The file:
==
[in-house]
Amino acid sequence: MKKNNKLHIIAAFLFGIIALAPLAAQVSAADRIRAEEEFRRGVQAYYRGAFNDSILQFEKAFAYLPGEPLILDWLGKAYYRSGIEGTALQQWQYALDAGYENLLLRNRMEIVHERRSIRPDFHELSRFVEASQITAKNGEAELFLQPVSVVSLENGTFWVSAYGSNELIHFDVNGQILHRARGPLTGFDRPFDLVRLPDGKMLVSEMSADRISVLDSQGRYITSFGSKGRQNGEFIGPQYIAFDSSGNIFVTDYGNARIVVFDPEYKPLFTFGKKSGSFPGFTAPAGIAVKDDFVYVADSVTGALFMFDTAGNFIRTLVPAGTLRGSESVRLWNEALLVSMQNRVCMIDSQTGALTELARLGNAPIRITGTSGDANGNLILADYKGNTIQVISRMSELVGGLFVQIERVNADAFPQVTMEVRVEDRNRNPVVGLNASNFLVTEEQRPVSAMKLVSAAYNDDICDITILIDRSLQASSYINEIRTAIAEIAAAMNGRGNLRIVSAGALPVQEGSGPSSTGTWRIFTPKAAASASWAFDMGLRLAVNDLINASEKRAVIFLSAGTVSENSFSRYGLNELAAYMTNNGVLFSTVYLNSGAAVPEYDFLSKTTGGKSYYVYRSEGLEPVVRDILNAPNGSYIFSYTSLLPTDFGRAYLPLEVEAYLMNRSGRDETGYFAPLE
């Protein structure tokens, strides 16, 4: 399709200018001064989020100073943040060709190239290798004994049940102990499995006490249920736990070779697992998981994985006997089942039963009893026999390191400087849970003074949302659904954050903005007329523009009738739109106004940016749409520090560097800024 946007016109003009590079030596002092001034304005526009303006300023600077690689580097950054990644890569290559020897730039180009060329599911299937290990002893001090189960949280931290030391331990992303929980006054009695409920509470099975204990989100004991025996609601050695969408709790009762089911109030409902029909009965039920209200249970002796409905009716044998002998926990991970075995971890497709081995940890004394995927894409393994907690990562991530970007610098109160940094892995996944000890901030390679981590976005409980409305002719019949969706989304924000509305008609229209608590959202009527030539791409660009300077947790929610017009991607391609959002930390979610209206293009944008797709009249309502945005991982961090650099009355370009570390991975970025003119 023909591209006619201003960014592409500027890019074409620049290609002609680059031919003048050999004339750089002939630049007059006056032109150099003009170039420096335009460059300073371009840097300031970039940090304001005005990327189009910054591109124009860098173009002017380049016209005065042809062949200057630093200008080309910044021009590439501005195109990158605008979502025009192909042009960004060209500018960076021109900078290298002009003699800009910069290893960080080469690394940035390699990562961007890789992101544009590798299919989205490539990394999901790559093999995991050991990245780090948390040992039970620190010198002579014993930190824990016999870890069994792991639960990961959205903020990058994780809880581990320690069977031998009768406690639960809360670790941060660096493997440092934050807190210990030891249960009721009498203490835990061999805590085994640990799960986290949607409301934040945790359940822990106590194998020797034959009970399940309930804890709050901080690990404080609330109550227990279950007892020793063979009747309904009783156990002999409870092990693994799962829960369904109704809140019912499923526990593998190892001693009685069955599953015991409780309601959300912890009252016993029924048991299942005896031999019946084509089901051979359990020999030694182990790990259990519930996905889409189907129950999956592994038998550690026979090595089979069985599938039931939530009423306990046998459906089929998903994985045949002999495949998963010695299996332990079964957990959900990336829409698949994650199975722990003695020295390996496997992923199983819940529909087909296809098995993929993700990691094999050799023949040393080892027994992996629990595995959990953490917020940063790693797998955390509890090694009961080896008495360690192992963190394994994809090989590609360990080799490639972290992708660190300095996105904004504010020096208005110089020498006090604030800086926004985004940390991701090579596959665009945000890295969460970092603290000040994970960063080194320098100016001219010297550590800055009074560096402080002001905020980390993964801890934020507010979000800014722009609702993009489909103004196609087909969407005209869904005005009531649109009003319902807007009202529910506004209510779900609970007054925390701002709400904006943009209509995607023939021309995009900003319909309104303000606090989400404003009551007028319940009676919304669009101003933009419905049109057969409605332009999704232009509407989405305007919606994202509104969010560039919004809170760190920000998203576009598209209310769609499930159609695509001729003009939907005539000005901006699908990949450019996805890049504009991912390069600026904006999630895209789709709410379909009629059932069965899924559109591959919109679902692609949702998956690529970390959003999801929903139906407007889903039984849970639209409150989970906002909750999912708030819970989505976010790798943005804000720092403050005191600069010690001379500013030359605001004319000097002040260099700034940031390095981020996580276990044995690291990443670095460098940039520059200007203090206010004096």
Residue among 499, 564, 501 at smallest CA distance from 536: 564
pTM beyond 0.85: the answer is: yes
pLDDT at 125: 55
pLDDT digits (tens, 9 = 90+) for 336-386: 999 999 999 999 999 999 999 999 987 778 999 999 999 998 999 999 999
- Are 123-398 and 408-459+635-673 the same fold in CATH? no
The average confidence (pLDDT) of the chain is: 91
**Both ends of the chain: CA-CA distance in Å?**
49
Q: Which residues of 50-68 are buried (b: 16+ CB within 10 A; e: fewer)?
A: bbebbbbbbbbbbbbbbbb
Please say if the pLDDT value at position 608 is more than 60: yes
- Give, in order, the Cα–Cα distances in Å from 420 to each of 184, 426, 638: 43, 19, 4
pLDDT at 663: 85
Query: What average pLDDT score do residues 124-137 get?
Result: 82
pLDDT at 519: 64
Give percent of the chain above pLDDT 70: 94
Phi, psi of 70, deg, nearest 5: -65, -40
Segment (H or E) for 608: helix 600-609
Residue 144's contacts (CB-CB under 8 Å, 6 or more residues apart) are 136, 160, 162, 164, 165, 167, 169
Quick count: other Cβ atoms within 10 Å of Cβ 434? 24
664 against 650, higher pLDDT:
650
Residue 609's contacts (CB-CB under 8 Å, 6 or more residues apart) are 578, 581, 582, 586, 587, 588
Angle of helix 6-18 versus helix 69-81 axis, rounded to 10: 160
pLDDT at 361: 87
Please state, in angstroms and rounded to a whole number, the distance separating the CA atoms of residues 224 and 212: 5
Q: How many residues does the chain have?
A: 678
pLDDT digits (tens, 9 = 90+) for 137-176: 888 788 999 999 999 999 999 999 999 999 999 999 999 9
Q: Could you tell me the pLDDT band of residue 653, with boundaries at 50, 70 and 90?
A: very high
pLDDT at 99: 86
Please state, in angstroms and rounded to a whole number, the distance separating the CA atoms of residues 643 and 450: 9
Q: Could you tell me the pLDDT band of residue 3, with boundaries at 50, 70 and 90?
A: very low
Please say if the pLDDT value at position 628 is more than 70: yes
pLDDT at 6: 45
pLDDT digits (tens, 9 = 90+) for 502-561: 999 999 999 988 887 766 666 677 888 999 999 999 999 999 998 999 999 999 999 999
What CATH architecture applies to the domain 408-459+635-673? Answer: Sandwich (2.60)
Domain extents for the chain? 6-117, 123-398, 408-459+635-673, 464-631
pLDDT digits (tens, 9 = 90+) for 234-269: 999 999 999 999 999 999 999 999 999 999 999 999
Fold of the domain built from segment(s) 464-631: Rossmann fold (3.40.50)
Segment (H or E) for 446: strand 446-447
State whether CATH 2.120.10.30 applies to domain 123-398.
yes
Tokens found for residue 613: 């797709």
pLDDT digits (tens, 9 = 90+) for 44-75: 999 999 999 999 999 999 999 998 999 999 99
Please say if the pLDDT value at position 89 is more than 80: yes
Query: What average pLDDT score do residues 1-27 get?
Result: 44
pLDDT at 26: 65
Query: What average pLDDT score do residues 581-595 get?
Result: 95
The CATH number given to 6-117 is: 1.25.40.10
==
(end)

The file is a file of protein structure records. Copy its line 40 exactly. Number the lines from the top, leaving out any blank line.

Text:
Please say if the pLDDT value at position 628 is more than 70: yes